2. Think Ahead and Mitigate Risk
Contracts are a strategic tool that companies use to safeguard their resources and manage risk. In business, you don’t want to trust that you will get paid, you want to make sure you will get paid. Most people enter business relationships good intentions, but sometimes things go wrong. If a matter ends up in court, your contract can help ensure a ruling is in your favour.

3. Define the Scope of Work
You are likely to discuss a variety of projects and the client's wish list can quickly grow. When performing the job, it helps to have a clearly defined scope of work.  During the course of the relationship, should there be a misunderstanding about results, or the time in which a project was completed, you can easily refer back to the written document and quickly resolve the issue.

4. Up-sale your Services
A written contract is not only a legal document, it can also be used as a marketing tool. It provides evidence to your client that you are in control and once the scope of works has been defined in writing, it could lead the client broadening the services to be provided.

5. Take Your Time and Negotiate
Decide what points are not negotiable, but don’t budge on the important stuff such as (a) the work you do remains your work until the client pays you for it, (b) the client pays a termination fee if he terminates the project without good reason, and (c) limitation of your liability if something goes wrong with the project. The negotiating process makes it fair to both parties.

6. Include Non-Compete Clauses
Businesses often use contracts to enforce non-compete agreements, such as agency or franchise agreements. Non-compete agreements prohibit individuals or other businesses from offering goods or services in the marketplace. These contracts create strategic relationships between two companies and allow them to provide unique goods or services to consumers.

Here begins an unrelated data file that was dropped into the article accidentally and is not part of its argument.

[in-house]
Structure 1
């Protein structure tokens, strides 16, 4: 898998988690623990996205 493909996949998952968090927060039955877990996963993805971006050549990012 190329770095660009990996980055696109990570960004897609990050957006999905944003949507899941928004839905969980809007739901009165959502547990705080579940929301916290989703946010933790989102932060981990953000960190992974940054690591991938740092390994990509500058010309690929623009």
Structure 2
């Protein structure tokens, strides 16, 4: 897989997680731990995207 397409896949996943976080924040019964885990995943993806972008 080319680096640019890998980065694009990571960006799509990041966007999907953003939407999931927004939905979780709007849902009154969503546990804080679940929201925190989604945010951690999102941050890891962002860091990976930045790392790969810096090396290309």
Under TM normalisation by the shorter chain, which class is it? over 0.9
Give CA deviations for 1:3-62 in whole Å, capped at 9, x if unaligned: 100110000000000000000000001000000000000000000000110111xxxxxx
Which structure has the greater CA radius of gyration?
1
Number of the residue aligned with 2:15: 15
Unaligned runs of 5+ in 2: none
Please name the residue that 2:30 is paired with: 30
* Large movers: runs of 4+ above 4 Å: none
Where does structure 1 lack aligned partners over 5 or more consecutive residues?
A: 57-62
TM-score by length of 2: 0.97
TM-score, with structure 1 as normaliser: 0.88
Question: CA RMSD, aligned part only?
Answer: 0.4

7. Ensure Scope for Variations
If your business practices change, or the project becomes totally different from how it started out, or the market changes, after signing the contract, don’t be afraid to update the contract every now and then to reflect how you actually operate or to reflect the new direction of the project. This keeps everyone on the same page, and it keeps you protected.

8. Consider New Opportunities
Another up-sale opportunity occurs upon the expiration of the contract. Prior to a project being completed, or shortly before an agreement is to end, meet with the customer. Discuss opportunities for new projects, and review the potential for extending your services for the next phase of work, now that initial results have been realised.

9. Keep it Confidential
Every business has information that considers both integral and invaluable to its success. Your agreement should contain mutual promises that each party will keep strictly confidential any business information it learns of while performing the contract.

10. Obtain Expert Insight
Legal advice should be sought before entering into any binding contract. Small businesses may be susceptible to larger businesses taking advantage of the entrepreneur’s willingness to accommodate. Contracts often include difficult legal terms and solicitors can provide clear information on the terms and advise whether a business should agree to specific contractual terms.

Shazda Ahmed is the lead solicitor of the Business Services practice in Manchester. She represents business owners in a range of practice areas, including contract drafting and disputes, landlord tenant law, real estate, new business start-ups. 

Contact the team for a FREE trial of their Legal Helpline for SMEs on 0161 464 8033

Friday, 10 July 2015

Member Blog: Is your telemarketing joined-up?

By David Wright - BSA Marketing